So, while nobody is credibly maintaining that anybody but Aaron Swartz had a direct hand in his suicide, the impression that the federal government would go to great lengths – potentially unethical lengths – to unduly punish those who blow the whistle on its activities – especially those which are meant to remain most secretive – has only been fortified in the years following Swartz’s death.
Which brings us to Wednesday’s announcement that James Dolan became the second of the StrongBox trio – which included Swartz and Wired editor Kevin Poulsen – to commit suicide. Dolan, a 36-year-old former Marine who was said to suffer symptoms related to PTSD, was portrayed in a 2013 New Yorker article as instrumental in the mainstream-ification of the StrongBox technology.
‘In New York, a computer-security expert named James Dolan persuaded a trio of his industry colleagues to meet with Aaron to review the architecture and, later, the code. We wanted to be reasonably confident that the system wouldn’t be compromised, and that sources would be able to submit documents anonymously—so that even the media outlets receiving the materials wouldn’t be able to tell the government where they came from. James wrote an obsessively detailed step-by-step security guide for organizations implementing the code. “He goes a little overboard,” Aaron said in an e-mail, “but maybe that’s not a bad thing.”’
Again, it cannot be overstated that this StrongBox, which served as the basis for SecureDrop, is what allows for WikiLeaks and countless anonymous articles published in major media outlets to be. After Swartz’s death Dolan was reportedly the only person who could allow the SecureDrop project to continue any evolution it may require.
“At that point, James was literally the only person in the world who knew all the ins and outs of the system, how to install it, and how to make it better.” (Freedom of the Press Foundation)
And, according to FPF, Dolan sacrificed a lucrative job and a far less taxing life to dedicate himself to SecureDrop’s evolution and proliferation.
‘He had a high-paying computer security job at a large company by then, but I asked him if he’d be willing to come work for us so we could try to get SecureDrop into more newsrooms. We had hardly any money at the time, yet he immediately agreed—even though it meant taking an 80% pay cut. (Later, he would even refuse to accept a raise, insisting that we use any new funding to hire additional people to work on the project instead.)’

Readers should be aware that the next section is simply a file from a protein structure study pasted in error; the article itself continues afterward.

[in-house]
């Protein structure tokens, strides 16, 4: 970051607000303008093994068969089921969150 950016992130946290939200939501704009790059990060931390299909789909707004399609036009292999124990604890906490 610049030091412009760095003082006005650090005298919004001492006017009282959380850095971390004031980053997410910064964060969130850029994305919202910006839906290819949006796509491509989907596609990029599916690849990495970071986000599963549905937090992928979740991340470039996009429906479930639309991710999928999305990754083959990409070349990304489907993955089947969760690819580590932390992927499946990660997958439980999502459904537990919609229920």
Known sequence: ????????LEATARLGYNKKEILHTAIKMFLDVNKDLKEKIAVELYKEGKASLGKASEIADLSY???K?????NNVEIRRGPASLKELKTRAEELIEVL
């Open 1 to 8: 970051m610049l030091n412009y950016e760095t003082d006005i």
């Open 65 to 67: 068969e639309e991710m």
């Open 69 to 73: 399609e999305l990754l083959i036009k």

His critical role in any potential further development of SecureDrop, even though he had left his job with the Freedom of the Press Foundation in August 2015, makes his death the ripe target for conspiracy theorists. But – and many would respond by saying “see, that’s exactly what they would want you to think – it’s true that there is much plausibility to Dolan’s suicide being precisely as it appears. With recent studies finding that 20 war veterans commit suicide per day, any choice a veteran makes to end their life should not be overthought. What war does to a person’s psyche is irreparable, and mere civilians are facile in attempting to understand post-war rationale.
‘We don’t know why James took his own life; we do know, however, he long suffered from PTSD from his time serving in the Marines during the Iraq War. It was an experience that affected him in multiple ways. He often cited the Iraq War as his inspiration for wanting to help journalists and whistleblowers; it made him realize governments needed to be much more transparent and accountable.’ (FPF)
On top of this, Dolan had chosen to take on a role in the technological realm that made him a prime target for those who he helped to expose, and certainly endured additional hardship that he didn’t need nor want, but felt an obligation to take on. Like a true soldier, he never once took credit nor acknowledged how critical to the mission of SecureDrop he truly was.
‘Beyond a couple references on our website, that New Yorker story is virtually all that is in the public domain about James’s involvement in the project—and that’s how he preferred it. James was an intensely private and modest person, and despite the fact the SecureDrop soon got a lot of attention when Freedom of the Press Foundation (FPF) took the project over, he constantly insisted that Aaron deserved all the credit.’ (FPF)
While it may be easy for some to draw conspiratorial lines between Swartz and Dolan’s suicides and the creation of StrongBox and SecureDrop, which have allowed for anonymous whistleblowing and the elevation of WikiLeaks into the public consciousness, at this point such conspiracies are unfounded. Indirectly, government pressure on whistleblowers and those who facilitate them certainly heightens the pressure and strain that could eventually lead to suicide, but to make any logical leap beyond external pressure is to make an unsubstantiated claim.
Fortunately for the public, SecureDrop does exist, though if it is somehow dismantled – a possibility which I lack the expertise to either confirm or deny the possibility of – then the world has perhaps lost the man intelligent and brave enough to resurrect it. Both the death and this loss of immense potential are tragedies of epic proportions.